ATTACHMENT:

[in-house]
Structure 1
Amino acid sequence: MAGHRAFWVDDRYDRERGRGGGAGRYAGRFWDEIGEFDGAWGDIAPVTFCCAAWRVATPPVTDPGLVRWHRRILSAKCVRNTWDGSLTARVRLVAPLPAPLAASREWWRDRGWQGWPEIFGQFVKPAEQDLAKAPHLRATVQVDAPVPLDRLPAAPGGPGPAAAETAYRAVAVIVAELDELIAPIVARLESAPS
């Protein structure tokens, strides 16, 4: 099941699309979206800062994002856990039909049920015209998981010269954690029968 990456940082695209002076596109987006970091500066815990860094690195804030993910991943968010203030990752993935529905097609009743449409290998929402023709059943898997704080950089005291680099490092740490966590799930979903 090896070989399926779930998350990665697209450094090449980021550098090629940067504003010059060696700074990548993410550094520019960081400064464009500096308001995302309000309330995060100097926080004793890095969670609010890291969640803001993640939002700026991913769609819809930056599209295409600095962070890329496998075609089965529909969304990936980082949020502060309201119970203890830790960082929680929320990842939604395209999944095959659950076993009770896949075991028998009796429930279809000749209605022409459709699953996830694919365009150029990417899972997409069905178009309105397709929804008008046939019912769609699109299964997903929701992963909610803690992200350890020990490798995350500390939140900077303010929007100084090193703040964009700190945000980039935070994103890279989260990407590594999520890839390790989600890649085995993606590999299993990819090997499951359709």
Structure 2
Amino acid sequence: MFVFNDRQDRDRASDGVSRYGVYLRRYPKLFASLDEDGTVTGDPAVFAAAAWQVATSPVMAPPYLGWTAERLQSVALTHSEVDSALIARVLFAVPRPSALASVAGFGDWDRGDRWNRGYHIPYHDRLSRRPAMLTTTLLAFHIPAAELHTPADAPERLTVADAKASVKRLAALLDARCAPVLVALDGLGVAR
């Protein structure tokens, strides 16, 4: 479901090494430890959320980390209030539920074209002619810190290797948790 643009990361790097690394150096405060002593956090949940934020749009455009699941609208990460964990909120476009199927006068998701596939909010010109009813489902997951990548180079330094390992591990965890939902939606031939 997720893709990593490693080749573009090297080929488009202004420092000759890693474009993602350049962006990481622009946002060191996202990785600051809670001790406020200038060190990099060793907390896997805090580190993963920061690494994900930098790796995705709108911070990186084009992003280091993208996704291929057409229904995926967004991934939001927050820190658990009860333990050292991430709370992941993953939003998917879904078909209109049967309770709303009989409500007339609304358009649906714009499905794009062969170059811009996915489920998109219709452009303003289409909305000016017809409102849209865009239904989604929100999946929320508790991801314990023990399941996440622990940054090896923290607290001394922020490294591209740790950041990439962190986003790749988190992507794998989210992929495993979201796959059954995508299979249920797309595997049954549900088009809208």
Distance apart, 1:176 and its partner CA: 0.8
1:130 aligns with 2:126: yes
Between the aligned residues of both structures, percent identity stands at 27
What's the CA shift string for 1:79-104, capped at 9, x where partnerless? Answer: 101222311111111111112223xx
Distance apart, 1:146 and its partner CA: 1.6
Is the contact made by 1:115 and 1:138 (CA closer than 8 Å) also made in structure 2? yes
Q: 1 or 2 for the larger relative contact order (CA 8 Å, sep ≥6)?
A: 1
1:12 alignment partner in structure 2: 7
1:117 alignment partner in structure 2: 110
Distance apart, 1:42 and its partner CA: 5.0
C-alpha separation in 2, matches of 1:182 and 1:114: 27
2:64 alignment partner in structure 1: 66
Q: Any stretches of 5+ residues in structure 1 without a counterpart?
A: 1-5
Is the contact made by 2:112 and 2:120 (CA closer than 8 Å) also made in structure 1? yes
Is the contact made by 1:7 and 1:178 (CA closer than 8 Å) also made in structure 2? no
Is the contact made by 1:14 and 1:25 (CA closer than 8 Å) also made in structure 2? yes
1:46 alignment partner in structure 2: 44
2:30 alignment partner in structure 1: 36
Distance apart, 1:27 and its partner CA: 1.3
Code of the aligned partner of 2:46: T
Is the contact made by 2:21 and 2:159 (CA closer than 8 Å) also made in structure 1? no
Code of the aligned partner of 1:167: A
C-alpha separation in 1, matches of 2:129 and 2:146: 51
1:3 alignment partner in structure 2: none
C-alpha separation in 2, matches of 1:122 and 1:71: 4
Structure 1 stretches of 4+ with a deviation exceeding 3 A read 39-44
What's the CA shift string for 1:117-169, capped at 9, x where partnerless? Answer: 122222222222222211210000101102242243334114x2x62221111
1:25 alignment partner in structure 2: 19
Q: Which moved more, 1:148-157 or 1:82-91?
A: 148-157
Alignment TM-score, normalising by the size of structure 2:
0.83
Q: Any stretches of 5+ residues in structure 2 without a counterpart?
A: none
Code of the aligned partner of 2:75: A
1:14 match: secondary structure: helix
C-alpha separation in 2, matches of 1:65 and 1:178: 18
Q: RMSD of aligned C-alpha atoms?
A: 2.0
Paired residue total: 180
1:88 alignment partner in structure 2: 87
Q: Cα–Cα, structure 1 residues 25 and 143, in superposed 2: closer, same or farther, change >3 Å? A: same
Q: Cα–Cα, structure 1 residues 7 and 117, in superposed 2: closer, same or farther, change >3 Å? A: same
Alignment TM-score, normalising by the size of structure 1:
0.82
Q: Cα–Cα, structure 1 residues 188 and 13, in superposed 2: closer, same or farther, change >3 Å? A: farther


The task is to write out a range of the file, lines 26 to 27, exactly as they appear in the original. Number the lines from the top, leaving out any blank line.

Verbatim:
1:46 alignment partner in structure 2: 44
2:30 alignment partner in structure 1: 36